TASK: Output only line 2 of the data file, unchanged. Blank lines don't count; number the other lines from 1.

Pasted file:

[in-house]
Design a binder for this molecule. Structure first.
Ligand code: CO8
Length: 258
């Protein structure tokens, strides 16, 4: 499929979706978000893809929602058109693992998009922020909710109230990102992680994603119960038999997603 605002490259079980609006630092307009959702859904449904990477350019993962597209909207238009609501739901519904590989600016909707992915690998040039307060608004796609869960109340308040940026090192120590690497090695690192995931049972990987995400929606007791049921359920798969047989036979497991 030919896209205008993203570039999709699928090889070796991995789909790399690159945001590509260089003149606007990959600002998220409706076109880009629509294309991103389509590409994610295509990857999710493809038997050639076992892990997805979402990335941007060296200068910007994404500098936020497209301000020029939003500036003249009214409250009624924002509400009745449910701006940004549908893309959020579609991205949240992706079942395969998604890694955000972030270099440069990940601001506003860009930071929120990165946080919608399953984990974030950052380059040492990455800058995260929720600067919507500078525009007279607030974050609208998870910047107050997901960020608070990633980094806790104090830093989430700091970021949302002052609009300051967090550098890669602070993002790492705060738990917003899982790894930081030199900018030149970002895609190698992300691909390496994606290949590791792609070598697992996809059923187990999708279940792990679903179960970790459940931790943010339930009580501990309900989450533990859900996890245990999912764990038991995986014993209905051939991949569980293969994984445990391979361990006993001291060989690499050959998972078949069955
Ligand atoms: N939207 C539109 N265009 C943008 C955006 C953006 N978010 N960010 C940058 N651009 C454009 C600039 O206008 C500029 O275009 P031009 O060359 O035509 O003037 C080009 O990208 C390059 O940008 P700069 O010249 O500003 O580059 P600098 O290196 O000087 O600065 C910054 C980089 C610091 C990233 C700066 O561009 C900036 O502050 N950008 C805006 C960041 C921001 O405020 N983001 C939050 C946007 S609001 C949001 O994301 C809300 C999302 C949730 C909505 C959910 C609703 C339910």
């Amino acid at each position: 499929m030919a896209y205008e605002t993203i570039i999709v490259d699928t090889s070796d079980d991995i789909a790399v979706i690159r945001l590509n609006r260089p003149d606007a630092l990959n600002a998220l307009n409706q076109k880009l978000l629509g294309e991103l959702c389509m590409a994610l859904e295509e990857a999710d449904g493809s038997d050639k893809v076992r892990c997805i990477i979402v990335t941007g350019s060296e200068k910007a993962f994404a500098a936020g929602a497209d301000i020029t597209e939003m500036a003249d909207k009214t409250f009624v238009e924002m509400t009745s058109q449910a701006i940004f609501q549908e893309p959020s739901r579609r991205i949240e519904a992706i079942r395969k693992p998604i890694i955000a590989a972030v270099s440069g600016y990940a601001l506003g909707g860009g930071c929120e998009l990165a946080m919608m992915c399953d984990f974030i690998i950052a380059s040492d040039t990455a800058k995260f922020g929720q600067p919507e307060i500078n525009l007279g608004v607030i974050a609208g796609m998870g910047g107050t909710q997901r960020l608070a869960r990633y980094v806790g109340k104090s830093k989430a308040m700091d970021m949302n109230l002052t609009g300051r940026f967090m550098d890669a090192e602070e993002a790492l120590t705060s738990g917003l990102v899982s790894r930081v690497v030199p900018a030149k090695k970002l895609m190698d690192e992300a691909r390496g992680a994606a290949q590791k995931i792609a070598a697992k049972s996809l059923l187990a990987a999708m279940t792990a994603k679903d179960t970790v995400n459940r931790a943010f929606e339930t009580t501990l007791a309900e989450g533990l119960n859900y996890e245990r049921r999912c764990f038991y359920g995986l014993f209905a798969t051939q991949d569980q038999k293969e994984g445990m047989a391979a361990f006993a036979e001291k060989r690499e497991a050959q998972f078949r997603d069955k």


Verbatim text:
Design a binder for this molecule. Structure first.